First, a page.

Should we continue to pay rent if our landlord is in default of their mortgage?

UPDATED: Dec 7, 2011

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Should we continue to pay rent if our landlord is in default of their mortgage?

Our landlord property is scheduled to go to auction in about 12 days. We just received a call from a realtor stating they are putting the home on the market. Does this stop the auction from taken place? We have never been late on our rent for 4 years and the landlord is not willing to work with us on at least allowing us to pay half of the rent so we can move out since they are not paying the mortgage. What right do we have because they are holding a $2700 deposit?

Asked on December 7, 2011 under Real Estate Law, California


FreeAdvice Contributing Attorney / FreeAdvice Contributing Attorney

Answered 11 years ago | Contributor

If you are under a lease with your landlord for the rental that you have, you are under contract to continue making payments to your landlord so long as he is the owner of record for the property even though he is in default on the mortgage absent court order served upon you to the contrary.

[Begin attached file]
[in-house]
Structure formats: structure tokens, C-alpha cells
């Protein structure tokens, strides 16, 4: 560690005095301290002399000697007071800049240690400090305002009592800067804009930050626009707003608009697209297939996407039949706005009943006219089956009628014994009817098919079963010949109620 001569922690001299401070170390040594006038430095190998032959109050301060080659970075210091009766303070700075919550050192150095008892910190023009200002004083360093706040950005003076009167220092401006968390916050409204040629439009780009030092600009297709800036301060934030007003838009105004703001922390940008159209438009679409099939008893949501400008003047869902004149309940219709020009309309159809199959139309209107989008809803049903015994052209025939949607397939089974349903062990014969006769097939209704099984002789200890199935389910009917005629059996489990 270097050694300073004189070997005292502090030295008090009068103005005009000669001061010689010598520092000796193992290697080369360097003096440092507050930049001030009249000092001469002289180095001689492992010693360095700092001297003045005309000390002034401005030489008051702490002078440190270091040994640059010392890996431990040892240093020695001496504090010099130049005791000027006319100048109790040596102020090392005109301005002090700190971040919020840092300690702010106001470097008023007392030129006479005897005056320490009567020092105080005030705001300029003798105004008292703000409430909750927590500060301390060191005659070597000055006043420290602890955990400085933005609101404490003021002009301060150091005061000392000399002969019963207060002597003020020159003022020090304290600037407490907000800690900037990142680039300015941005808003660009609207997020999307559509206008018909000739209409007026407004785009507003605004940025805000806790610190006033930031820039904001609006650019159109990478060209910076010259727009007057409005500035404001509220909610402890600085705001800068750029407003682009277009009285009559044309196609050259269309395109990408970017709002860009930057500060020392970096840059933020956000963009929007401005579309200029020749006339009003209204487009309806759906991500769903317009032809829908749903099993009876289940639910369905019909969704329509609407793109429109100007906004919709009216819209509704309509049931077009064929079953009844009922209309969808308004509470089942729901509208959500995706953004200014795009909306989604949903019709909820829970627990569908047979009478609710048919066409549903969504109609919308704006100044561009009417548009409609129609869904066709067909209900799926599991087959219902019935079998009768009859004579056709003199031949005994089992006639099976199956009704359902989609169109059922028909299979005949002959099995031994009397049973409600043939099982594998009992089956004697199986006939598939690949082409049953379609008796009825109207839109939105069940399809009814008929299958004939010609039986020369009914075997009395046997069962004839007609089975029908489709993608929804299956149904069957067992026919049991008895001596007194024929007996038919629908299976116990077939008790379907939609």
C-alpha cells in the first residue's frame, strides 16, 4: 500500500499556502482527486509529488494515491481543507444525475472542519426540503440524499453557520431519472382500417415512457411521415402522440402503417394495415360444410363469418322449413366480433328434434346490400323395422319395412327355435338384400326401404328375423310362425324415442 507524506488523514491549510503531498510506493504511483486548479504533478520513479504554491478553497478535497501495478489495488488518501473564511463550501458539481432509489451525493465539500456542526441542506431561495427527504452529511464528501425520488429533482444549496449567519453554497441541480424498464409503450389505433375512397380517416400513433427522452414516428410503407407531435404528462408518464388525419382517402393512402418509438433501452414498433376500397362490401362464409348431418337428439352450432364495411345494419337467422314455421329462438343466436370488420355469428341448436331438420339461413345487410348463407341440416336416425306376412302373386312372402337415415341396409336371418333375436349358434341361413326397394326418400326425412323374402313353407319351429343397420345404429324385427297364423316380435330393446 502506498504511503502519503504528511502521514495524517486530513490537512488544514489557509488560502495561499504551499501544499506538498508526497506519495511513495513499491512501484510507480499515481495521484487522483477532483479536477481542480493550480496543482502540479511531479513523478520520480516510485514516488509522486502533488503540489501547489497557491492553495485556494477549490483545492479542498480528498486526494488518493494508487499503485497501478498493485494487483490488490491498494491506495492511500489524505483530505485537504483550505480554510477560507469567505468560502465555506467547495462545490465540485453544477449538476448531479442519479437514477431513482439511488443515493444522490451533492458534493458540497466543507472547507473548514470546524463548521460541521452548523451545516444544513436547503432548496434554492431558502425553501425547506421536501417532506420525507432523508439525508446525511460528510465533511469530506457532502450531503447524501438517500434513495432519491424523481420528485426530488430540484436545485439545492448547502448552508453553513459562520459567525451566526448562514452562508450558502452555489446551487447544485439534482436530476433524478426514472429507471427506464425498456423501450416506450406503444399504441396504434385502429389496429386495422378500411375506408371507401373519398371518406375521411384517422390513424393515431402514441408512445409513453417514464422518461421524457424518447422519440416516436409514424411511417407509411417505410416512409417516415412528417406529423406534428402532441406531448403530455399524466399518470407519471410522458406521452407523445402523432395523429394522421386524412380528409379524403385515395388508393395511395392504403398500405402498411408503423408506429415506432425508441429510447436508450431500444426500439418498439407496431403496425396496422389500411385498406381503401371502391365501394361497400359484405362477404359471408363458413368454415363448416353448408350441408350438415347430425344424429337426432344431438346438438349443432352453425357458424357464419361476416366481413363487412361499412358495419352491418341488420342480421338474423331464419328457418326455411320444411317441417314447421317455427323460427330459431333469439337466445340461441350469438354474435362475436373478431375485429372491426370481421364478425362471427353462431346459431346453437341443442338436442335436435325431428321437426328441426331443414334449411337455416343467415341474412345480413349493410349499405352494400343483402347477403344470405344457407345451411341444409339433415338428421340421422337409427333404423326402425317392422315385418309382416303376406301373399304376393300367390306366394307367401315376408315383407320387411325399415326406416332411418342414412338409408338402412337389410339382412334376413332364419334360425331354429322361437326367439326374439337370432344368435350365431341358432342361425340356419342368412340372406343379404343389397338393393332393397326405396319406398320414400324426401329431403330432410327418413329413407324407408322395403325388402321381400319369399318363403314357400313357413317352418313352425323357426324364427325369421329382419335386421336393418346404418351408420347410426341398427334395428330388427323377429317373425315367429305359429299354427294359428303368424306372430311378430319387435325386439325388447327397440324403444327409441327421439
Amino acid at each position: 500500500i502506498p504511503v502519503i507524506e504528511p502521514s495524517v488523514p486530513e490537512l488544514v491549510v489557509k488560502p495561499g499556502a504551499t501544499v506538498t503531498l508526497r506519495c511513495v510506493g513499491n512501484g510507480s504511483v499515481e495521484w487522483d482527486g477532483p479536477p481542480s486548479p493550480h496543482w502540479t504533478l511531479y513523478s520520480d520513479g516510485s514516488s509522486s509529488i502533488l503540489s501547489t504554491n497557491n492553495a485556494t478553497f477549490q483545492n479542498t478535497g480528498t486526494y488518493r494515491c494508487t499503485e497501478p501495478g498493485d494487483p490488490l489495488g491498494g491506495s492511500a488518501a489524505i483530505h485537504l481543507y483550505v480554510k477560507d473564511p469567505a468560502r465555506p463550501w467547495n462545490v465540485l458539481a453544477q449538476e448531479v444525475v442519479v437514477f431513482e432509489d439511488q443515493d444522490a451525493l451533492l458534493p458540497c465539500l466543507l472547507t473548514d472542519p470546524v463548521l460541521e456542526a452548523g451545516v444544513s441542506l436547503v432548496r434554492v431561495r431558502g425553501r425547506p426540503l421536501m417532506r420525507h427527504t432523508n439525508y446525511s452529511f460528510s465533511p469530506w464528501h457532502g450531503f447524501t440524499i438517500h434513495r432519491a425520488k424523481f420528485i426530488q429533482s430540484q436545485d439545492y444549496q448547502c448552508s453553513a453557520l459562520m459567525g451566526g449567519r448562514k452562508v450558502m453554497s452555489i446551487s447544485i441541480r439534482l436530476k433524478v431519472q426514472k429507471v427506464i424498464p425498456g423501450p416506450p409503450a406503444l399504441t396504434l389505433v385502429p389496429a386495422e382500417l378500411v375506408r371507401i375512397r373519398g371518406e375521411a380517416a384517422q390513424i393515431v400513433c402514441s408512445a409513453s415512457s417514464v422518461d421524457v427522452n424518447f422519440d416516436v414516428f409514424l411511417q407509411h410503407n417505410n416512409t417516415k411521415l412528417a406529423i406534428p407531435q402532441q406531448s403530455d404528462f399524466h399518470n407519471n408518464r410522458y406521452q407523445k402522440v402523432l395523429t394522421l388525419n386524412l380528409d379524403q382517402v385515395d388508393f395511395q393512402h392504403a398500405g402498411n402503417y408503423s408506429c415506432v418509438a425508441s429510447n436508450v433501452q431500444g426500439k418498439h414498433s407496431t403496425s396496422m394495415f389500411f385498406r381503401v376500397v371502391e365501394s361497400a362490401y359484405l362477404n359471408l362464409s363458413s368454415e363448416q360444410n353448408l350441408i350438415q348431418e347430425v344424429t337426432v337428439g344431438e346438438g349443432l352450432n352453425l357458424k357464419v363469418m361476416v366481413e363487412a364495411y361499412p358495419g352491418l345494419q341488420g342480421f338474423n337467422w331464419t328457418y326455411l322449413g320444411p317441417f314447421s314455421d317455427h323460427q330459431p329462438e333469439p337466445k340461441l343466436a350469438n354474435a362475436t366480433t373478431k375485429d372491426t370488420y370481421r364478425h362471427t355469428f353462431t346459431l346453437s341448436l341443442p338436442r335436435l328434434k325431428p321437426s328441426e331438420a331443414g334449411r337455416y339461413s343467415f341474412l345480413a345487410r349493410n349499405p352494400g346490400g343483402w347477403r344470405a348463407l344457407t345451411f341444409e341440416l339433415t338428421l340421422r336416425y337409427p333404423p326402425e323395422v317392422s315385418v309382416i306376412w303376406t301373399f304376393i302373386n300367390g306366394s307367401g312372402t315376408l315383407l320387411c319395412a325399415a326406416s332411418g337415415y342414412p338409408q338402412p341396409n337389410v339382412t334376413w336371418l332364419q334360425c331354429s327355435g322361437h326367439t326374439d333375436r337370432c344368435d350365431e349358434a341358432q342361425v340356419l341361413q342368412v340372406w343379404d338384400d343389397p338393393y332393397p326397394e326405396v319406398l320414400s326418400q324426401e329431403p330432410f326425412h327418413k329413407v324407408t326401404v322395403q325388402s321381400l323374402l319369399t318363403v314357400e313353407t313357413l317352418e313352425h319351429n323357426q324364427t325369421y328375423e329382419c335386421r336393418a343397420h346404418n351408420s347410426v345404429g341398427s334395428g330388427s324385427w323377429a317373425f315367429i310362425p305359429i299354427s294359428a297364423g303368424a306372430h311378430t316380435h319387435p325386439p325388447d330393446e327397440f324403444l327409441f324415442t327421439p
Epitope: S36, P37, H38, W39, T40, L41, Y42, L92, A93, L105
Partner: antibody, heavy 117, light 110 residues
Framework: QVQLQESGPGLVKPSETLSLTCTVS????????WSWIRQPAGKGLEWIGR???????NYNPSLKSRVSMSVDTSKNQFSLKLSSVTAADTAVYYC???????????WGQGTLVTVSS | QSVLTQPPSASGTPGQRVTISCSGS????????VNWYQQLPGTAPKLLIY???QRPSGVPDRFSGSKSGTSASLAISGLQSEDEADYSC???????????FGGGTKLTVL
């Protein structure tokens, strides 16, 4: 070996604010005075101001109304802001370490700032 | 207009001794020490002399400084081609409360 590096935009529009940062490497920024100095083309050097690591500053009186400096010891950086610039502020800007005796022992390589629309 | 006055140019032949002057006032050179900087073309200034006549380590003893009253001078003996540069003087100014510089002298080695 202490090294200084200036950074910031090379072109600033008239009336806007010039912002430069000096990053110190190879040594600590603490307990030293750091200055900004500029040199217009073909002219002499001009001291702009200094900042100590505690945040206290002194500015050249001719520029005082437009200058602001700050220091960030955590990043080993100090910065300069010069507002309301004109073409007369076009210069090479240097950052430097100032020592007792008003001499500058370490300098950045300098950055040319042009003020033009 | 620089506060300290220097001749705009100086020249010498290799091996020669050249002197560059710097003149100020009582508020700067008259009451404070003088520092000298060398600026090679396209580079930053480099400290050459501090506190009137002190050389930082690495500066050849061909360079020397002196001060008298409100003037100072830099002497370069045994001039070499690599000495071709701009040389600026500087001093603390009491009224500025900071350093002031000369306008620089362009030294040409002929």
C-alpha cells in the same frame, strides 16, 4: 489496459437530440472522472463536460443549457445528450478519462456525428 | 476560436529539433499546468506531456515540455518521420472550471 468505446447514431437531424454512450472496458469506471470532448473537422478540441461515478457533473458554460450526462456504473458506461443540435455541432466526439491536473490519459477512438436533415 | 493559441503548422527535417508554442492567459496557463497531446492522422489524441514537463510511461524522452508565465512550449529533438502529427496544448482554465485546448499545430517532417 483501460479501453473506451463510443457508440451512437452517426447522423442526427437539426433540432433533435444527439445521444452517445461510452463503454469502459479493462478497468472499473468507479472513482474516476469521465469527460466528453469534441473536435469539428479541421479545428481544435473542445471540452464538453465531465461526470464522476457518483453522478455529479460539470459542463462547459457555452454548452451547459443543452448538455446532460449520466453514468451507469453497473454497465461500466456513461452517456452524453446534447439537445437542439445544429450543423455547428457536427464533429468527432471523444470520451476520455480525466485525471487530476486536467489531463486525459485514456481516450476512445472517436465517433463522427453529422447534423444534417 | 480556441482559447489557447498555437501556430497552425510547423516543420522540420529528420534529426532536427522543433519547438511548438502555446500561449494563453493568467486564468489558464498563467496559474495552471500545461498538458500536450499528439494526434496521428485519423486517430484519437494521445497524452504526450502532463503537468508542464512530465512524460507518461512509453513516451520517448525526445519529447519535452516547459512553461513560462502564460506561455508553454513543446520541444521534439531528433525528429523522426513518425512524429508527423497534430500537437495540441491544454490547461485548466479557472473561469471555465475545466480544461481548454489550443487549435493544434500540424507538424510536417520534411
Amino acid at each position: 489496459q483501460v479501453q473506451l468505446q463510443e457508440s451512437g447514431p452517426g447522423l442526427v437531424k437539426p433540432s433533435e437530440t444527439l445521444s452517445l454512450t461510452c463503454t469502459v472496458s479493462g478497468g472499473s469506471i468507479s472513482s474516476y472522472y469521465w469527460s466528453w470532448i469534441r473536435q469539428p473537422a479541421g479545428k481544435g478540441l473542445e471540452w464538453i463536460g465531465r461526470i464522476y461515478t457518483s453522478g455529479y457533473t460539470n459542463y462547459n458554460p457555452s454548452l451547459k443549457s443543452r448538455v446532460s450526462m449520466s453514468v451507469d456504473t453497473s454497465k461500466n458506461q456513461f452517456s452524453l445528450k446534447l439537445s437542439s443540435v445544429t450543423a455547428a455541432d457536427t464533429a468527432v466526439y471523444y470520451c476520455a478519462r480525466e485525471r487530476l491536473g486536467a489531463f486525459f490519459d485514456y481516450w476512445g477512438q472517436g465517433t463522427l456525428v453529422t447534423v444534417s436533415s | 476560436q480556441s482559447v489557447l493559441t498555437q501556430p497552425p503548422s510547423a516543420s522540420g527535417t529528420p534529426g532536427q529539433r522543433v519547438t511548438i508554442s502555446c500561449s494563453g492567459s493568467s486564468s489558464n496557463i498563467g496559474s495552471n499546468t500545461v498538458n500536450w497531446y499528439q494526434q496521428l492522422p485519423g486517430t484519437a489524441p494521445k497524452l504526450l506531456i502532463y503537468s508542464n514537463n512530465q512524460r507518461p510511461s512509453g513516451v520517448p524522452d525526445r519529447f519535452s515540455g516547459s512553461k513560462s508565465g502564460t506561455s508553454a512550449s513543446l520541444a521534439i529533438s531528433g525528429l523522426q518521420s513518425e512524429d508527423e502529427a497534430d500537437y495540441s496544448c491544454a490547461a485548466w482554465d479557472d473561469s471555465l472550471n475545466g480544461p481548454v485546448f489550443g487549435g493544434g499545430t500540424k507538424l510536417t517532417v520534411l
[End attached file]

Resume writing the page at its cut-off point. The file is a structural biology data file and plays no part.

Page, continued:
Just because the home is listed for sale, the listing does not stop its auction.

You need to be aware that in 2010 there is a new federal law for renters of residential property that is in foreclosure. If the lease is a month-to-moth, the tenants must be given at least 90 days notice to move out by the new owner who forecloses on the property. If the lease is a term, the new owner must honor the term of the lease. I suggest that you consult with a landlord tenant attorney about your situation.

IMPORTANT NOTICE: The Answer(s) provided above are for general information only. The attorney providing the answer was not serving as the attorney for the person submitting the question or in any attorney-client relationship with such person. Laws may vary from state to state, and sometimes change. Tiny variations in the facts, or a fact not set forth in a question, often can change a legal outcome or an attorney's conclusion. Although has verified the attorney was admitted to practice law in at least one jurisdiction, he or she may not be authorized to practice law in the jurisdiction referred to in the question, nor is he or she necessarily experienced in the area of the law involved. Unlike the information in the Answer(s) above, upon which you should NOT rely, for personal advice you can rely upon we suggest you retain an attorney to represent you.

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